Blurry Vision and the COVID-19 Coronavirus
It has been established that COVID-19 can affect the eyes, but can the coronavirus cause blurry vision? From what is currently known, COVID-19 does not appear to cause blurry vision — at least not directly. What COVID can cause, is viral conjunctivitis (pink eye) or symptoms that closely resemble it.
In some cases, conjunctivitis or similar eye irritation can lead to mildly blurry vision.
Other symptoms of pink eye can include:
Clear, watery eye discharge
A scratchy feeling in your eyes
Blurry vision from conjunctivitis, whether caused by COVID-19 or other viruses or bacteria, is usually mild and intermittent. Thick eye discharge — whether white, gray, yellow or green — may not be a symptom of COVID but it is often a sign of bacterial conjunctivitis.
Regardless of what may be causing your symptoms, if you experience any major changes to your vision or to the color or consistency of your eye discharge, you should be examined by an eye doctor.
How often does this happen?
It’s hard to say exactly how frequently COVID-19 causes conjunctivitis. Some studies have shown that conjunctivitis is rarely caused by the coronavirus, while other reports suggest pink eye accompanies COVID-19 relatively often:
31.6% of patients — nearly one in every three patients — had pink eye-like symptoms in one study based in Hubei Province, China.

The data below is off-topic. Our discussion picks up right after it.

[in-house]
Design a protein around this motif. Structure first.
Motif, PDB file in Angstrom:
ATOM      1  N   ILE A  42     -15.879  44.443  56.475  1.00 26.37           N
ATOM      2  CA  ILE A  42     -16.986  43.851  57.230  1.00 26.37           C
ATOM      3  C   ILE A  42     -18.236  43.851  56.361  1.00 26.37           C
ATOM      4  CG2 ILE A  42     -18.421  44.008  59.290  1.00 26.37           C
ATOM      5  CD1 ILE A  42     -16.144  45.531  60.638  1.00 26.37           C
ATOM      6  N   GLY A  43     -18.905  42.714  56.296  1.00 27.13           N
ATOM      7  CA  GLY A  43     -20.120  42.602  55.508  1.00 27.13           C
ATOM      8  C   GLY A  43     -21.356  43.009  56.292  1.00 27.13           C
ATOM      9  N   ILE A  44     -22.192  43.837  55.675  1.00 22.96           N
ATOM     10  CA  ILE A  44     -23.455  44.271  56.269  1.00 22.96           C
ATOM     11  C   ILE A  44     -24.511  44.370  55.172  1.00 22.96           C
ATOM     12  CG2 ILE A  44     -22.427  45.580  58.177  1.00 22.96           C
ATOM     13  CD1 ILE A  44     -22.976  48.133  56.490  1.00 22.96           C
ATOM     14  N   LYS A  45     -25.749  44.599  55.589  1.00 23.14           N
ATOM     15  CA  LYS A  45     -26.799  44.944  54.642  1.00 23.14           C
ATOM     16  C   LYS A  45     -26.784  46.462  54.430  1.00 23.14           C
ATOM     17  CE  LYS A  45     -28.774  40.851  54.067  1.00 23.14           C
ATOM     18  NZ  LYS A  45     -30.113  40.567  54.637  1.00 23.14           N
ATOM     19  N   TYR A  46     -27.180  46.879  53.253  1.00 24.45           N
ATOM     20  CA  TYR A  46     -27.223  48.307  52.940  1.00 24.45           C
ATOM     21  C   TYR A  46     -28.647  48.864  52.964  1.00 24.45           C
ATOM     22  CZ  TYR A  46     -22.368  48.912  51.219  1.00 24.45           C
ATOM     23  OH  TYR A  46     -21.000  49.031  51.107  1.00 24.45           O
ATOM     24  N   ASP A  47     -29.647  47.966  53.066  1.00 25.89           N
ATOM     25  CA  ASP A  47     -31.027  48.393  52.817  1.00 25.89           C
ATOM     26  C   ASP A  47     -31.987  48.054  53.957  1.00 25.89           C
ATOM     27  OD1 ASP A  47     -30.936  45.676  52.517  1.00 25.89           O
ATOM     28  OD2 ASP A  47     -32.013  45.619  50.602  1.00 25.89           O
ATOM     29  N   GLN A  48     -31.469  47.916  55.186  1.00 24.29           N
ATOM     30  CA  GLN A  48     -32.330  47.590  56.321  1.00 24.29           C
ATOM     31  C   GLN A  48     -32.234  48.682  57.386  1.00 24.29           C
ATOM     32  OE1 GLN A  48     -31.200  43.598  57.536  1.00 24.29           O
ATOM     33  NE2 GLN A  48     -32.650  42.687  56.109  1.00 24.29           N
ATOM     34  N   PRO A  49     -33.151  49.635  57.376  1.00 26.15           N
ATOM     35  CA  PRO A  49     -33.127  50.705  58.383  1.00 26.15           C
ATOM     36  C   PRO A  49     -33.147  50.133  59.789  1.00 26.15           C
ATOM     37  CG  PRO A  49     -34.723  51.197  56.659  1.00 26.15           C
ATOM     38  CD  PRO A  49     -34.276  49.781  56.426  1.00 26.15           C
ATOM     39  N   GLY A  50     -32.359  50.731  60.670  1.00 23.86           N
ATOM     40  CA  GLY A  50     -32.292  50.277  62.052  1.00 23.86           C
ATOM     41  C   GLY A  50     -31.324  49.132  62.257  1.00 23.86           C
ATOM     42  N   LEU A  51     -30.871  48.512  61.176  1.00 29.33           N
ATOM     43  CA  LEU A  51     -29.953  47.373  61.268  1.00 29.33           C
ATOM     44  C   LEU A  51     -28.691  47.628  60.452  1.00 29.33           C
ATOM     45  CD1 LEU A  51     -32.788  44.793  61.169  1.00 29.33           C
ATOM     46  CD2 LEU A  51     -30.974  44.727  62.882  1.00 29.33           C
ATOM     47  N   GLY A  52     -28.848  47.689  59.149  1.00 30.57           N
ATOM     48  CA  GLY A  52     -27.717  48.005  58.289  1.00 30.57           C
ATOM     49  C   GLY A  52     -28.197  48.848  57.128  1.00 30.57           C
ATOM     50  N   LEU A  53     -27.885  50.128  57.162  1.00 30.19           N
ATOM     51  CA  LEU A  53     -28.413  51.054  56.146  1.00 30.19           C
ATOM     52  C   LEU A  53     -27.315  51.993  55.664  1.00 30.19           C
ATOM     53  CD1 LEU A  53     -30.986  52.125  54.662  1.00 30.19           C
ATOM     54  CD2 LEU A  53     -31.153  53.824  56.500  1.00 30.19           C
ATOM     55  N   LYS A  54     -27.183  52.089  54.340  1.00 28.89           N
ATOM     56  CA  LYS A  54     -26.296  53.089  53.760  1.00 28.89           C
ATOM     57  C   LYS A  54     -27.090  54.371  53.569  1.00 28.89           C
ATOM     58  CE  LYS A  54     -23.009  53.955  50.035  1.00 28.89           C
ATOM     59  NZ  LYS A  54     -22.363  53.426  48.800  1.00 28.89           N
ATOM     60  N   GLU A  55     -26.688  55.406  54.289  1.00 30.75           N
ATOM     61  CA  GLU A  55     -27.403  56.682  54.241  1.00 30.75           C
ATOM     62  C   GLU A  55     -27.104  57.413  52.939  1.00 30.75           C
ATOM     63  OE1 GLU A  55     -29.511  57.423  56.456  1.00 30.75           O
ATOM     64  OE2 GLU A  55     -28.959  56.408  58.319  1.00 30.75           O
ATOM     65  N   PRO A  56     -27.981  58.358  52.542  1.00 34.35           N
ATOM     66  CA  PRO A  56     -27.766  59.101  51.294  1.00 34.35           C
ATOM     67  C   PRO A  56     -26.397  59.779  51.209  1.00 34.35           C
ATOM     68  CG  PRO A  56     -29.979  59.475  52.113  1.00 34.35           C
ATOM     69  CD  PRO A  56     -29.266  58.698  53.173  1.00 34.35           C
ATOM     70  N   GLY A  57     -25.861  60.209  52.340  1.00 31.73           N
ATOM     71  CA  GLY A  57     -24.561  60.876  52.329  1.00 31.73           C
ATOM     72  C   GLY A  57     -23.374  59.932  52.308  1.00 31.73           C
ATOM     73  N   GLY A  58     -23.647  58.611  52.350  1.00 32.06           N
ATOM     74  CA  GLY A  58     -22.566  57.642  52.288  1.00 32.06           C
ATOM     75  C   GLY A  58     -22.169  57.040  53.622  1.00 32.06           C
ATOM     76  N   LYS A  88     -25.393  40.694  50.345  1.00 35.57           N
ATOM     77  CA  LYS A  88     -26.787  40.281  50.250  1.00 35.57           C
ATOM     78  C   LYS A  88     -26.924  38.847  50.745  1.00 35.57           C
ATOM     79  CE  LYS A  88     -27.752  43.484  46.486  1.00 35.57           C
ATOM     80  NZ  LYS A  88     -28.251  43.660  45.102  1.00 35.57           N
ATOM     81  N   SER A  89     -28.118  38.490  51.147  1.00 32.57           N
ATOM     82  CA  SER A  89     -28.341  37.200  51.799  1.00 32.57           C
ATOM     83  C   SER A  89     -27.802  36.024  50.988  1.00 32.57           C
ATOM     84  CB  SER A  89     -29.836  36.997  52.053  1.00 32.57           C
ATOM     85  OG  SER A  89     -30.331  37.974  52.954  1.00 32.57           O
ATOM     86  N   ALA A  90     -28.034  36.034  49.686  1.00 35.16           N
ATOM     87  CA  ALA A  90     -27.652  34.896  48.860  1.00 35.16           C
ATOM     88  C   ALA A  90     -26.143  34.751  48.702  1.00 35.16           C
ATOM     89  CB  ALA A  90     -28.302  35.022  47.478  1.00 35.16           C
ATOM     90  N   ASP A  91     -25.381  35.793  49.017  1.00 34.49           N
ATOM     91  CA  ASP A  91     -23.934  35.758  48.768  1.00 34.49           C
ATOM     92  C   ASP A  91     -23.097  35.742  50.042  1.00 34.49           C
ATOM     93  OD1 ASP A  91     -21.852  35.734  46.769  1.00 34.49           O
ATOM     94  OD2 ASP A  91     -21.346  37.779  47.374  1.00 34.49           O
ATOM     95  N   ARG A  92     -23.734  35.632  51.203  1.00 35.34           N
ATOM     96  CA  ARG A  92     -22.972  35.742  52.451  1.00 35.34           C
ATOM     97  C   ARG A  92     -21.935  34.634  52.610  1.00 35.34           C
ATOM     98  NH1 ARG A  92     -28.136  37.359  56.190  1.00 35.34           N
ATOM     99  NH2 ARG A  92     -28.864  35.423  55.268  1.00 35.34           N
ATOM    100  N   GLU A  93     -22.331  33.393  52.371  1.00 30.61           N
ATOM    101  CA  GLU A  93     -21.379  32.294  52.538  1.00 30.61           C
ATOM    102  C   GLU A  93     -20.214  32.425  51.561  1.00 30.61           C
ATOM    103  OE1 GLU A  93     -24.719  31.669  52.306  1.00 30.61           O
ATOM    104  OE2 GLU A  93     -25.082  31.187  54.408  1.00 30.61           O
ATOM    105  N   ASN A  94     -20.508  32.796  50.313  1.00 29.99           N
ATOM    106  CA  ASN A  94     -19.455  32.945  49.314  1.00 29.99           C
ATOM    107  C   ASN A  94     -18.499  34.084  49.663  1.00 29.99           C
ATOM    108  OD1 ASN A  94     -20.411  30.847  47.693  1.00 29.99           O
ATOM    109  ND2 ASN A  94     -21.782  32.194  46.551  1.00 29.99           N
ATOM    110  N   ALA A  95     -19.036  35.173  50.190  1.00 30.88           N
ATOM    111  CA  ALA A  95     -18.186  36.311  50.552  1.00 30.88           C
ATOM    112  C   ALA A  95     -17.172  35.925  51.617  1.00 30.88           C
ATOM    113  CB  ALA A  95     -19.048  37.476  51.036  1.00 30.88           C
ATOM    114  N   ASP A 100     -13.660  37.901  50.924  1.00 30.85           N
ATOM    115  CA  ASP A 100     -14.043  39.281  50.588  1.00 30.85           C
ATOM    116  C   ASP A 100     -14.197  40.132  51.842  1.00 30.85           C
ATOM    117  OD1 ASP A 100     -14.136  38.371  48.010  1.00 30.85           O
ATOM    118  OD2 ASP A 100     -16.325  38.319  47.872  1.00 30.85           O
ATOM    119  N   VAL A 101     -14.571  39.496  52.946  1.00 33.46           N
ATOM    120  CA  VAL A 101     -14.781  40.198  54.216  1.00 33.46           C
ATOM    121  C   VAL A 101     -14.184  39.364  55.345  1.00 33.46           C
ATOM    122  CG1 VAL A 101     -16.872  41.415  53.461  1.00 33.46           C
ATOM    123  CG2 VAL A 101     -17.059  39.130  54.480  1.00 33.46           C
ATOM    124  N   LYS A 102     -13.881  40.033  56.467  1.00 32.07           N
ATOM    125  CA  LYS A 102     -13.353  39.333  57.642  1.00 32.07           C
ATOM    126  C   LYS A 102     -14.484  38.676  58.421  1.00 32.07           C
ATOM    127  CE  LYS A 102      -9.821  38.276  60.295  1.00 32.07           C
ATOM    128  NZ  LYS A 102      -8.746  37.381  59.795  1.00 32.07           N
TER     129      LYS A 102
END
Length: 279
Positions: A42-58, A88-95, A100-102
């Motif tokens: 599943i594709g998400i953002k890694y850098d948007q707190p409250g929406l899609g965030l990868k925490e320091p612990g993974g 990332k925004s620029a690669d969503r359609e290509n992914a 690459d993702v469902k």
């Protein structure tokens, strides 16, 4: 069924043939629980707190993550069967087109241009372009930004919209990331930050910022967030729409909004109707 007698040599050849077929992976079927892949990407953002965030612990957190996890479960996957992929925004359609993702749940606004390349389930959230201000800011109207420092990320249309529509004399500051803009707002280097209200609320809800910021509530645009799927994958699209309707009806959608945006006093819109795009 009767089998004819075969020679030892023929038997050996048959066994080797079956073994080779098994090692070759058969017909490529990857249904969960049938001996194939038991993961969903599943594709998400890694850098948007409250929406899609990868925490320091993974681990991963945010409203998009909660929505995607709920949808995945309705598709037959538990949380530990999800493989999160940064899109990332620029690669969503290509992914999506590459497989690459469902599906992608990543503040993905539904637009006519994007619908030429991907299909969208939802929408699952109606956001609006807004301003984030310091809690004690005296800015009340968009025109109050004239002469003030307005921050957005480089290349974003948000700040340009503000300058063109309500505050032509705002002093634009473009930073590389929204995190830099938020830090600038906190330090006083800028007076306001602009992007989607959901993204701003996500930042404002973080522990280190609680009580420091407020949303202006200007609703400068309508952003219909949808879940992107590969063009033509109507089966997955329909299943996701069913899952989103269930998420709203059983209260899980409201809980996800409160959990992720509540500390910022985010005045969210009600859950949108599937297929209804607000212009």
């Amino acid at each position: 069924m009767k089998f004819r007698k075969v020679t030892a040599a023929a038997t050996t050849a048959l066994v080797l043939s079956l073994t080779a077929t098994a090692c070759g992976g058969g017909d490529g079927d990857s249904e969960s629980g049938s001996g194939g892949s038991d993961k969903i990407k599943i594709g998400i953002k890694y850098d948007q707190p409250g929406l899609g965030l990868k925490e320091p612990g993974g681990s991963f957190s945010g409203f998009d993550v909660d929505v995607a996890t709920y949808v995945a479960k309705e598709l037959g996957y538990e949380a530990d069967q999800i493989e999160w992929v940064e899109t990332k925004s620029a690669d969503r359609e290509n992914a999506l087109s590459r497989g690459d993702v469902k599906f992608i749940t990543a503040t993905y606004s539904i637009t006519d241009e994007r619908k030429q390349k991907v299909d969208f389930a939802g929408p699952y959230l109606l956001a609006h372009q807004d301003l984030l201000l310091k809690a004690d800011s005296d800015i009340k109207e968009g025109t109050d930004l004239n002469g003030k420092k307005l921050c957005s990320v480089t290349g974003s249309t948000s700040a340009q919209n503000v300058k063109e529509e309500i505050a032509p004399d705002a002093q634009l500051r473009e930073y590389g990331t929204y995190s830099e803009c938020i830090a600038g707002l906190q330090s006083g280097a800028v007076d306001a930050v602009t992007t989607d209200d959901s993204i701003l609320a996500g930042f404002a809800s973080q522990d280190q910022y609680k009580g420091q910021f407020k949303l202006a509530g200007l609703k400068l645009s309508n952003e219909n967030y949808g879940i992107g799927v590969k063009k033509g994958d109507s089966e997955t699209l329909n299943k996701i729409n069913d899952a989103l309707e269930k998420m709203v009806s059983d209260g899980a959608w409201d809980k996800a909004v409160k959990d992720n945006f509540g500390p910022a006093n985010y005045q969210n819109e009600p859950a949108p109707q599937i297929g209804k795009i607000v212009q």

21.5% of patients in another study from Turkey had eye redness. However, only 4.8% of patients reported blurred vision.
A third study of patients in Wuhan, China showed that 5% had “conjunctival congestion” — visible irritation of the white part of the eye.
Other research of patients across mainland China shows only 0.8% of patients had conjunctival congestion.
It’s important to note that, apart from the Turkish study, we don’t know exactly how many patients experienced blurry vision along with their conjunctivitis-like symptoms.
Eye irritation aside, COVID is also known to cause extreme fatigue — sometimes even hallucinations — in people who are symptomatic. Both of these can affect the way our brains process vision, and may also lead to some level of blurred or fluctuating vision as a result.
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While COVID-19 hasn’t quite been shown to cause blurry vision directly, it may lead to some blurred vision as the result of another COVID symptom, like pink eye or fatigue.
Blurry vision can, and has, occurred in conjunction with other eye-related symptoms, so it’s one of many things to keep in mind if you think you may have COVID-19.
When to seek medical attention
COVID-19 can be life-threatening. Whether you or someone you know has COVID, always stay mindful of the warning signs that the condition could be worsening. The Centers for Disease Control and Prevention (CDC) list any of the following symptoms as reasons to seek emergency medical care:
Persistent pain or pressure in your chest
Any new confusion
An inability to wake up or stay awake
A bluish color in your lips or face
Any other symptoms that are “severe or concerning to you”
For up-to-date guidance and information about the COVID-19 pandemic, visit the CDC website.
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Page published in January 2021
Page updated in September 2021
Medically reviewed in May 2021